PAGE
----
CONTRIBUTE IDEAS TO THE OSU CULTURAL PROPERTY INVENTORY, February 13
Su Au-Arnold, Team leader, Reducing the Risk program, will provide a short presentation on the university's inventory initiative, followed by discussion and contributions of ideas from the CMCS members.
"Reducing the Risk" is a program started John Kleberg and Patrick Maughan in the Department of Public Safety to protect and document the University's cultural properties (paintings, memorabilia, items regarding university history, or an academic discipline, items of cultural significance, ethnographic objects, books, sports historic materials and other collections). By gathering this information, storing it in an accessible database, we hope to provide the University Community and others with the ability to see the items, study the items, and use them to further study and promote learning. We are still in the infancy of this program and would like your input and continued input into what this database should look like and how it should function within the University and outside.
Clayton Funk (Art Policy, Education and Management) provided one of the year's first presentations. Clayton’s background in the history of education is really a study of the histories of learning and the construction of agencies that transmit culture across the generations. His research in history and art education tends to focus on the 19th and 20th centuries, in North America, particularly between 1890 and 1940. Interest focuses on the fit of the history of education within strains of cultural, social, and material cultural history. That statement means that the value of histories of educational thought and of schools is as important as that of school buildings, technology, and what they imply about the cultures we value. These histories reveal a web of learning filters, learning ways, and learning machines. Ideas that were once emblemized in stone are now fabricated into electronic pulses, here and gone in seconds.Funk has published articles, book chapters, and book reviews on the history of education and material culture, and technology in the first half of the 20th century. In the studio, he works in fibers and wood, in addition to web design and programming.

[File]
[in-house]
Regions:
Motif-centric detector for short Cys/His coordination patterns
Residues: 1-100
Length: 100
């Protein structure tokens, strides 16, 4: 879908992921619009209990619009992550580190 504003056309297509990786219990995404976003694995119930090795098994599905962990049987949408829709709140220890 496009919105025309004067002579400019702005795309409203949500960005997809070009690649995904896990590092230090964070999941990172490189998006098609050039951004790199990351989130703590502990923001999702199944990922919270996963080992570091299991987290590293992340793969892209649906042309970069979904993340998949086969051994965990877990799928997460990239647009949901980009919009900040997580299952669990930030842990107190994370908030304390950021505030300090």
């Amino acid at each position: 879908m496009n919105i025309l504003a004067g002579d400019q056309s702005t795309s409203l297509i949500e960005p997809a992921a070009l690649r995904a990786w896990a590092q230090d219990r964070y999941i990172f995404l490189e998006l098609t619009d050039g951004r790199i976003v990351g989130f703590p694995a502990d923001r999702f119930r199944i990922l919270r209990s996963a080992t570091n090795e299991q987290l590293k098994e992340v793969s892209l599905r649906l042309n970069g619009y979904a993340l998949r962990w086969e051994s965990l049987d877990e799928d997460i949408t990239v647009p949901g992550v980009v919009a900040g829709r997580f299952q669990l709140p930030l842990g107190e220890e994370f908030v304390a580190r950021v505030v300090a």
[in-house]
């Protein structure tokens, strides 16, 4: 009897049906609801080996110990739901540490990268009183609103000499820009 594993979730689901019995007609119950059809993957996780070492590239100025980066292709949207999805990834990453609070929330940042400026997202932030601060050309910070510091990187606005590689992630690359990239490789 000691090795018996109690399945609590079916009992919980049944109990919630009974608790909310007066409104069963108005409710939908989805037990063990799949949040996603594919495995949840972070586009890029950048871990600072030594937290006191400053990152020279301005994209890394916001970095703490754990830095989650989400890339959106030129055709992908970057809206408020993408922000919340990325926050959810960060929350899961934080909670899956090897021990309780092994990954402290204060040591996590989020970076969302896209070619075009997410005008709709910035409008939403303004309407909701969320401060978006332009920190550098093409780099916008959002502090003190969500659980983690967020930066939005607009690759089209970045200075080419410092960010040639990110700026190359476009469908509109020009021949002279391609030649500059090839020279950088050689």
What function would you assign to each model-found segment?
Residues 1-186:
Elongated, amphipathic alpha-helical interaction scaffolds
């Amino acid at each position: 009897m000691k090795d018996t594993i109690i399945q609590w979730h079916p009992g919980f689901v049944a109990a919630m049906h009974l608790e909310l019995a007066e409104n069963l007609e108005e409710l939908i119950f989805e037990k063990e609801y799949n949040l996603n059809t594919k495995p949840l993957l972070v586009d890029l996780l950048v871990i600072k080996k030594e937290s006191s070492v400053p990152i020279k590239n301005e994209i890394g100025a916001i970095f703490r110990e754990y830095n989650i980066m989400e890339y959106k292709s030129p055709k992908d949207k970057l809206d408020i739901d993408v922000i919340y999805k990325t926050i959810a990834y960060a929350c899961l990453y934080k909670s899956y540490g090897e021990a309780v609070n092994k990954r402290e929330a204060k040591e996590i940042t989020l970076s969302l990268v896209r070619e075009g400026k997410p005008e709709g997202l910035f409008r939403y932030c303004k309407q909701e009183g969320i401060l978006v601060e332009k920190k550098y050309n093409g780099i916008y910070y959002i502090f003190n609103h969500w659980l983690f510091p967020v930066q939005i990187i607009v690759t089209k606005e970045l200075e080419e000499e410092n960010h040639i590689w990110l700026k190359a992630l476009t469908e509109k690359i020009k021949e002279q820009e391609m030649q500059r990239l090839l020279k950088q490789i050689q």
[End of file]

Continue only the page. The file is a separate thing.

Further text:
Nena Couch, Curator of the Jerome Lawrence and Robert E. Lee Theatre Research Institute, offered the first CMCS tour of the 2012 year. Nena provided behind the scenes comments on the exhibition "Dancing Dimensions: Movement through Time and Space". The exhibition highlights dance and movement collections of the Theatre Research Institute, ranging from an 18th-century French fan with dance scenes to a top hat from Chorus Line; from dance in notation to dance in 3D; costume and set designs to a costume that pirouettes and scenery. Through a variety of materials such as photographs, programs, posters, correspondence, video, and a mask, the exhibition celebrates dance and movement artists and companies, international as well as those who have kept dance thriving in Ohio. The exhibition continues in the Thompson Library Gallery until December 30.
February 13, OSU collections and objects inventory discussion, 3:30, Knight House
February 20, presentations by Sarah-Grace Heller and Debbie Smith-Shank, 3:30, Knight House
April 3, presentations tba. 3:30-5:00, Knight House
April 18, planning meeting including steps toward the formal center proposal, 3:30-5:00, Knight House
The mission of the Center for Material Culture Studiesat the Ohio State University is to provide a forum for interdisciplinary inquiry and research focusing on material culture. The center will also serve as an umbrella organization under which the diverse and disparate collections held across the university will be made more accessible to the faculty, undergraduate and graduate students and the community.
Theatre Research Institute
Historic Costume & Textiles Collection
Arts Administration, Education and Policy department
Draft Proposal to Establish The Center for Material Culture Studies [pdf]
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